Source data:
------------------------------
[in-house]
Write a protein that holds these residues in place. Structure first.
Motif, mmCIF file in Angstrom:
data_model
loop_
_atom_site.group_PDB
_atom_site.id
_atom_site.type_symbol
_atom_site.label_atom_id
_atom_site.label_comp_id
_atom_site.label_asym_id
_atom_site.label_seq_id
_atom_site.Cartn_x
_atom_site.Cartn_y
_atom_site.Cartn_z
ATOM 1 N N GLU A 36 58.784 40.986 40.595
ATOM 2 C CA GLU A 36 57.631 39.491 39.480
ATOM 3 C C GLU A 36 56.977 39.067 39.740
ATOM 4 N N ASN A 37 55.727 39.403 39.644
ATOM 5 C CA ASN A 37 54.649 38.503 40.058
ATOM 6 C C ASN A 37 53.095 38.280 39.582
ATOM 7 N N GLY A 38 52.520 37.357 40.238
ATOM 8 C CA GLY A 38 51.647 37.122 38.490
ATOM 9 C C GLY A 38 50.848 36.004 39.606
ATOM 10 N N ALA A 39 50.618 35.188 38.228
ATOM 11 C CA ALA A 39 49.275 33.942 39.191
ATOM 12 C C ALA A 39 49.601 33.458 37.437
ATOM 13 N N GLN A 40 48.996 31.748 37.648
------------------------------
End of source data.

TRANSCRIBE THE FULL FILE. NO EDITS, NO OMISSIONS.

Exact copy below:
[in-house]
Write a protein that holds these residues in place. Structure first.
Motif, mmCIF file in Angstrom:
data_model
loop_
_atom_site.group_PDB
_atom_site.id
_atom_site.type_symbol
_atom_site.label_atom_id
_atom_site.label_comp_id
_atom_site.label_asym_id
_atom_site.label_seq_id
_atom_site.Cartn_x
_atom_site.Cartn_y
_atom_site.Cartn_z
ATOM 1 N N GLU A 36 58.784 40.986 40.595
ATOM 2 C CA GLU A 36 57.631 39.491 39.480
ATOM 3 C C GLU A 36 56.977 39.067 39.740
ATOM 4 N N ASN A 37 55.727 39.403 39.644
ATOM 5 C CA ASN A 37 54.649 38.503 40.058
ATOM 6 C C ASN A 37 53.095 38.280 39.582
ATOM 7 N N GLY A 38 52.520 37.357 40.238
ATOM 8 C CA GLY A 38 51.647 37.122 38.490
ATOM 9 C C GLY A 38 50.848 36.004 39.606
ATOM 10 N N ALA A 39 50.618 35.188 38.228
ATOM 11 C CA ALA A 39 49.275 33.942 39.191
ATOM 12 C C ALA A 39 49.601 33.458 37.437
ATOM 13 N N GLN A 40 48.996 31.748 37.648